Lots of coaches have insecurities about the various idiosyncrasies and/or perceived inadequacies that they may have, but to them I say, embrace and even promote whatever makes you stand out.
In my own case, I don’t know if I’m weird exactly, but compared to most trainers, I probably stand out in a couple of different ways:
- I’m older than most trainers (58 to be exact). Yes, the average age of the American population is slowly increasing, but fitness coaching is still a young person’s game by and large.
- I’m not especially well-built. Don’t get me wrong — my physique probably puts me in the top 1% of guys my age. But, compared to some of the guys I respect and look up to, I’m nothing special at all.
- The previous two points actually work in my favor as it turns out, and here’s why: Although I’m of retirement age and “skinny” (6’2” and currently 190 pounds), I’m actually pretty strong. And (I almost forgot to include this point) I’m not all busted up like a lot of my older lifting buddies. In recent months, I’ve deadlifted 465 for 3 reps, done 8 pull-ups with 25 pounds strapped to my waist, and I’ve benched a pair of 90-pound dumbbells for 10 reps. And, I have no pain at all, ever. Nothing hurts. Now what’s interesting about all this is that, as much as I’d love to be a conspicuously muscular 240 pounds, I’ve found that many of my current male clients hired me specifically because they know they can’t be, or don’t want to be big muscular dudes. But, they DO want to be strong and athletic. And those guys my age who are bigger and stronger than me? I’m not their cup of tea obviously, and that’s perfectly understandable.
- Finally, although I assure you that I’m not terribly smart, I do seem to attract an intelligent breed of client. This is no doubt due to all the writing I’ve done over the years, or it may also be because I probably resemble a university professor more than a bodybuilder. Or (and I’d like to think this is closest to the truth), through my writing and coaching, it’s clear that I’ve thought a LOT about what I teach. And it’s also abundantly clear that I walk my talk. I’ve been living and breathing this stuff for over 3 decades now, and I’d like to think it comes across to prospective clients.
- I don’t really give a shit what other coaches do or don’t do. Now just to clarify, there are MANY coaches who I deeply respect and who I seek to learn from whenever I get the chance. What I mean here is that I am confident in my approach and what teach, and it doesn’t sway me one bit that my methods are different than many of my colleagues. I don’t have clients do direct arm, calf, or ab work when they train with me — most trainers do. I don’t use “functional training,” whatever that is. I don’t use stabilization exercises. I don’t like forced reps, and I don’t text with my buddies or perv on nearby women as I’ve seen many, many trainers do. Again, I’m not everyone’s cup of tea.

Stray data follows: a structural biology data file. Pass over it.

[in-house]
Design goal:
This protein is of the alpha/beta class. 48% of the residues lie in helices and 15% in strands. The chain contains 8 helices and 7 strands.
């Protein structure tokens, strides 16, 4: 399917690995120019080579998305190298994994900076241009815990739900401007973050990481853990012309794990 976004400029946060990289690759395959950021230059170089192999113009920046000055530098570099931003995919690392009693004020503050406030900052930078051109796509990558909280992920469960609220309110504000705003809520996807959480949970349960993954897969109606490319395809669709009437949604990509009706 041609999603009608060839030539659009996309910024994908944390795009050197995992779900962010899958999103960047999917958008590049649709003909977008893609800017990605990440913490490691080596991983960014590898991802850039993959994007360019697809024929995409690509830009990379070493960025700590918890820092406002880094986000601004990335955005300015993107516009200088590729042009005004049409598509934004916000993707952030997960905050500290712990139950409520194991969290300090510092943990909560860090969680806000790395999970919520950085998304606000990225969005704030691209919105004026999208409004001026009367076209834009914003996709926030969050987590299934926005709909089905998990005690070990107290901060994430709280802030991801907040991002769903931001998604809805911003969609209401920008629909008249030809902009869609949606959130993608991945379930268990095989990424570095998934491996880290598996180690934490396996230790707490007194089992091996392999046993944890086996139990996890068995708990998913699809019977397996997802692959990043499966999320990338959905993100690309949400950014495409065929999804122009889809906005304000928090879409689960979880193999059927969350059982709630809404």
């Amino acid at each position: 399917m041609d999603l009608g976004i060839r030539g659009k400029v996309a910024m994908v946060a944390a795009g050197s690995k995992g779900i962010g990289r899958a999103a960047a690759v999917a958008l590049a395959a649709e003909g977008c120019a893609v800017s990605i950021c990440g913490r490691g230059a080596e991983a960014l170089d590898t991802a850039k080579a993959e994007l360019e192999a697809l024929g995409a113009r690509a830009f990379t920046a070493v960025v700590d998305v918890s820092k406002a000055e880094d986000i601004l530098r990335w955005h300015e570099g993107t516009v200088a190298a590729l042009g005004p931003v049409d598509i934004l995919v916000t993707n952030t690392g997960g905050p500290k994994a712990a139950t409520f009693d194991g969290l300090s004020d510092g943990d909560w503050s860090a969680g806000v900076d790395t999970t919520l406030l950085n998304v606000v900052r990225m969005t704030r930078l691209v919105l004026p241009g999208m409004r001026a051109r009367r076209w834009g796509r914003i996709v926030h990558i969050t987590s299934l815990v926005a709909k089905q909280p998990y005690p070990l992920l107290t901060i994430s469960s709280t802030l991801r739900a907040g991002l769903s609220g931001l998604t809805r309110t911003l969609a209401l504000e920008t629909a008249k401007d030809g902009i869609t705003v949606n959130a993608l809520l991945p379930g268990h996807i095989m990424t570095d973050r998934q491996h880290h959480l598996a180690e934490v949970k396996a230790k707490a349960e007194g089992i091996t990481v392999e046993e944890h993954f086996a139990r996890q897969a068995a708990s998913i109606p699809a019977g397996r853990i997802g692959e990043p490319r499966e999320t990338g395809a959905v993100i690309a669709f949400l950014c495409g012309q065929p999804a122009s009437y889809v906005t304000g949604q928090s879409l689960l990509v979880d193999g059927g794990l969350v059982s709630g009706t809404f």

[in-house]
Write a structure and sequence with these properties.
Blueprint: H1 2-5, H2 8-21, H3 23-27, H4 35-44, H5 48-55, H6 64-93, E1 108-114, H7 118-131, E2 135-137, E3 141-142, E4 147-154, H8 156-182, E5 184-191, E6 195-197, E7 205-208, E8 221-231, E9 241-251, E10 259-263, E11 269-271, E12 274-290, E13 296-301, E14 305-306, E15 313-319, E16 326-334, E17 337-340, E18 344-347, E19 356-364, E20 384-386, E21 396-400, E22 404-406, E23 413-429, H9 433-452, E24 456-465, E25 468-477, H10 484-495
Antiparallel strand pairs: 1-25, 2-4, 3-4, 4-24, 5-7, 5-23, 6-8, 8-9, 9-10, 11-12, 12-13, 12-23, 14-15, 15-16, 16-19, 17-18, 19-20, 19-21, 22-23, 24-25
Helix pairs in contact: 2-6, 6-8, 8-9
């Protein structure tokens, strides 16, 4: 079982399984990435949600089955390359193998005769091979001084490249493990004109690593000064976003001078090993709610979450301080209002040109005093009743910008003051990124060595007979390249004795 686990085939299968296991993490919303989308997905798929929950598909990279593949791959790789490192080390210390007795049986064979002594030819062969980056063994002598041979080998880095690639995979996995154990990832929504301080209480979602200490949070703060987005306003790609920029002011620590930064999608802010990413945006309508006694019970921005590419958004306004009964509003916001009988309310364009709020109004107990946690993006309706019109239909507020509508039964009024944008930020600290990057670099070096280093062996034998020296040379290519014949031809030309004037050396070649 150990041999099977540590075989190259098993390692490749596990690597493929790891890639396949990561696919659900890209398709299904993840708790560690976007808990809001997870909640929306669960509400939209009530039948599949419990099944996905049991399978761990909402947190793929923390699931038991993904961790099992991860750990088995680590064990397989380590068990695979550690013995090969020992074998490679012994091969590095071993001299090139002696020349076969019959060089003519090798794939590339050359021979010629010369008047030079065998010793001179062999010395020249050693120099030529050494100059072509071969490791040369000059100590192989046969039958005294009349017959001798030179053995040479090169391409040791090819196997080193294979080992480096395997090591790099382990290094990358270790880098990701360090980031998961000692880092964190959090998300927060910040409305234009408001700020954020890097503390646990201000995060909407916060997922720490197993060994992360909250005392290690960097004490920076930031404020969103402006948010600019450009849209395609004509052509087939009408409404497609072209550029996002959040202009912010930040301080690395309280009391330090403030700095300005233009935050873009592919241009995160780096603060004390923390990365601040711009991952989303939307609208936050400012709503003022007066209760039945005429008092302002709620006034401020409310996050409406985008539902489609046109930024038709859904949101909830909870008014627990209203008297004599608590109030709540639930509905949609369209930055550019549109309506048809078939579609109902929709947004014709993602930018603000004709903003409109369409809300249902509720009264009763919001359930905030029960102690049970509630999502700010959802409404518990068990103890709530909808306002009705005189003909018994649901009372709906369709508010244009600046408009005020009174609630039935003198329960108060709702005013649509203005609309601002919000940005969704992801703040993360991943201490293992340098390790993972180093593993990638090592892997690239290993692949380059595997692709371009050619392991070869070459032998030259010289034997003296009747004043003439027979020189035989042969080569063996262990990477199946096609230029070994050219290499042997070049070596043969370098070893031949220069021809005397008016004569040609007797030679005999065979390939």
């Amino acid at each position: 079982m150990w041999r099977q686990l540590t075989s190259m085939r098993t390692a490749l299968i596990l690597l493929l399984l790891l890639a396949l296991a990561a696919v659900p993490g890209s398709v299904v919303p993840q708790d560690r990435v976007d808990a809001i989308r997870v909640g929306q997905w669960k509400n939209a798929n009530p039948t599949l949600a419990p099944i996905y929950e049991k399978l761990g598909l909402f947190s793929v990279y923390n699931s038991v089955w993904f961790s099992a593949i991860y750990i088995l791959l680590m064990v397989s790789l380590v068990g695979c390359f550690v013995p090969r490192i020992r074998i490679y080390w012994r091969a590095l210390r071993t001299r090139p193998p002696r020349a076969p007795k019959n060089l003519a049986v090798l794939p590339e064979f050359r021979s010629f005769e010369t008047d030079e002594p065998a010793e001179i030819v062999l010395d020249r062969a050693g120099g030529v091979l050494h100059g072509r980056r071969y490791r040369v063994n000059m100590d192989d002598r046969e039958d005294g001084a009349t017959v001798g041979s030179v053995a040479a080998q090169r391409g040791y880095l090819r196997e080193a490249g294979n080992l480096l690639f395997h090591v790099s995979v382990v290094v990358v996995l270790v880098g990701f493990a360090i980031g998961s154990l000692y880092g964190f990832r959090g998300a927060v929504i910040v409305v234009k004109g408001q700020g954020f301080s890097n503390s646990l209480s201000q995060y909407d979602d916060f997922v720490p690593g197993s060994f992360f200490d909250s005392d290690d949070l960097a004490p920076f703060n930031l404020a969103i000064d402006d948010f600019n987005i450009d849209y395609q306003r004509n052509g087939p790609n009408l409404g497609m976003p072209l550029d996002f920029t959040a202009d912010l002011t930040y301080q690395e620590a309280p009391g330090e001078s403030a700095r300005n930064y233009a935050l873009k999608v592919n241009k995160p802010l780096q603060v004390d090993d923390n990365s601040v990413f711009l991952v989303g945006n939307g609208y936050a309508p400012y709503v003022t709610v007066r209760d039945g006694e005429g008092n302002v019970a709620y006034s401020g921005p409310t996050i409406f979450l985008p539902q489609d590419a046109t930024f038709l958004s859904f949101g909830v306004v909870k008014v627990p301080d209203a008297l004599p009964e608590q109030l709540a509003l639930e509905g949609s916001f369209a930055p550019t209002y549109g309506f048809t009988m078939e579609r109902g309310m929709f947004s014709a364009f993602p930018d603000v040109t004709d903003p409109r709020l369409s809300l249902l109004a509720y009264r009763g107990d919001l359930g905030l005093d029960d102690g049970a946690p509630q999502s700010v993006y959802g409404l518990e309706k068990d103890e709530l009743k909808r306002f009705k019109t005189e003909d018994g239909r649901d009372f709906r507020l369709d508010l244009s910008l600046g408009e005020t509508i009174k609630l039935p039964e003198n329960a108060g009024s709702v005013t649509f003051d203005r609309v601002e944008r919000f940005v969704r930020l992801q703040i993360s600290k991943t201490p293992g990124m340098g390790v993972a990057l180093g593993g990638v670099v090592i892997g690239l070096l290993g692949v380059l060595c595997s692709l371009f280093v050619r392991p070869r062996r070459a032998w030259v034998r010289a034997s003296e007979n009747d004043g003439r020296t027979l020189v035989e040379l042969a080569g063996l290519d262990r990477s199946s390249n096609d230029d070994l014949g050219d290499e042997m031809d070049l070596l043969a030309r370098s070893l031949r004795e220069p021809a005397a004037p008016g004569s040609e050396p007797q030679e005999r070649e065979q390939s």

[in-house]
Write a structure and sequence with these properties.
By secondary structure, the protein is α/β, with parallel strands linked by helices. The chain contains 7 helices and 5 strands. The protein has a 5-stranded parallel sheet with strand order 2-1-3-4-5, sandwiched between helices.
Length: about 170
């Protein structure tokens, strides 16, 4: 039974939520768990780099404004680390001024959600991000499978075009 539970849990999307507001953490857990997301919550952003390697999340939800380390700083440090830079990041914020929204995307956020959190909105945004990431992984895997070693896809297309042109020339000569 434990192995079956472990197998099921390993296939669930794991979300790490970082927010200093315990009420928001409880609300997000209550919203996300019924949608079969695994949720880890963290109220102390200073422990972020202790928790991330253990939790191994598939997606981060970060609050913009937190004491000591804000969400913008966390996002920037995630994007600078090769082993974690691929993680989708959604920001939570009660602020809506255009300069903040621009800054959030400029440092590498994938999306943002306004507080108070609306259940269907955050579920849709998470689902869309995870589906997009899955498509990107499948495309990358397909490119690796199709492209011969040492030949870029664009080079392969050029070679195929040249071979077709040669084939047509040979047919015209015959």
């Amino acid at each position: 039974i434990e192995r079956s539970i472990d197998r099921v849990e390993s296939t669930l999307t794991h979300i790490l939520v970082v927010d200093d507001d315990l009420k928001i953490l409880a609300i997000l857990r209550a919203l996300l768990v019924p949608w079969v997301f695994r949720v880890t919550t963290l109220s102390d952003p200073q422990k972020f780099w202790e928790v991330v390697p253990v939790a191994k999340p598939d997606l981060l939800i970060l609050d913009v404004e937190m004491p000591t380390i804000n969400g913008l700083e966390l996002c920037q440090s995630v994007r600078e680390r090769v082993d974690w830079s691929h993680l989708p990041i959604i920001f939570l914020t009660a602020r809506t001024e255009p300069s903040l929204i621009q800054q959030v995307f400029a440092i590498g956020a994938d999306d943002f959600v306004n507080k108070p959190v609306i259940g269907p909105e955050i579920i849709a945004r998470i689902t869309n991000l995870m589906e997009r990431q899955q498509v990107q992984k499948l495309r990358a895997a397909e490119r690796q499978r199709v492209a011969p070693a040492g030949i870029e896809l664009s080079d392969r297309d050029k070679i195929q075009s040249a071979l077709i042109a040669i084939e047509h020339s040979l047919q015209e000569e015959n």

Bottom line: You might view some of your unique characteristics as shortcomings, when in truth they may actually be strengths. Be yourself and embrace whatever makes you “weird,” because that’s what will help you stand out to all the folks who actually appreciate your weirdness.
Coaching Is A Privilege That I’m Deeply Grateful For
One sad aspect of my professional community that I sometimes notice is an unsettling tendency for some trainers to view their less-fit clients as somehow inferior, simply because they might be carrying a few extra pounds, or because they don’t know how to lift.
As if fitness is the only thing that matters in life.
News flash: You can (and many people do) live a perfectly long, healthy, and satisfying life without EVER exercising or counting carbs — crazy right? Imagine — some people actually focus their energy on their careers, or their family, or other hobbies. The idea of a perfectly balanced life sounds good in theory, but it’s terribly difficult to pull off in reality.
So to my trainer friends, please remember that your clients have lots of skills and talents (and challenges for that matter) that you probably don’t even know about. And to my client friends, thank you for all you teach us during our time together in the gym. We can’t do what we do without you.
About the Author
Charles Staley is known as an iconoclast and a leading influencer in the fitness arena. His reputation and self-effacing style have lead to appearances on NBC’s The TODAY Show and The CBS Early Show, along with numerous radio and podcast appearances. He has authored more than 1000 articles for leading fitness publications and websites, and has lectured to eager audiences around the World.
Charles is not only a thinker, but also a doer: At age 58, he competes in the sport of raw powerlifting, and is a 3-time World Champion (220 and 198-pound weight classes). His popular online coaching program (Staley Strategies) allows people to train under his expert guidance, regardless of where they live.
Find Charles online HERE.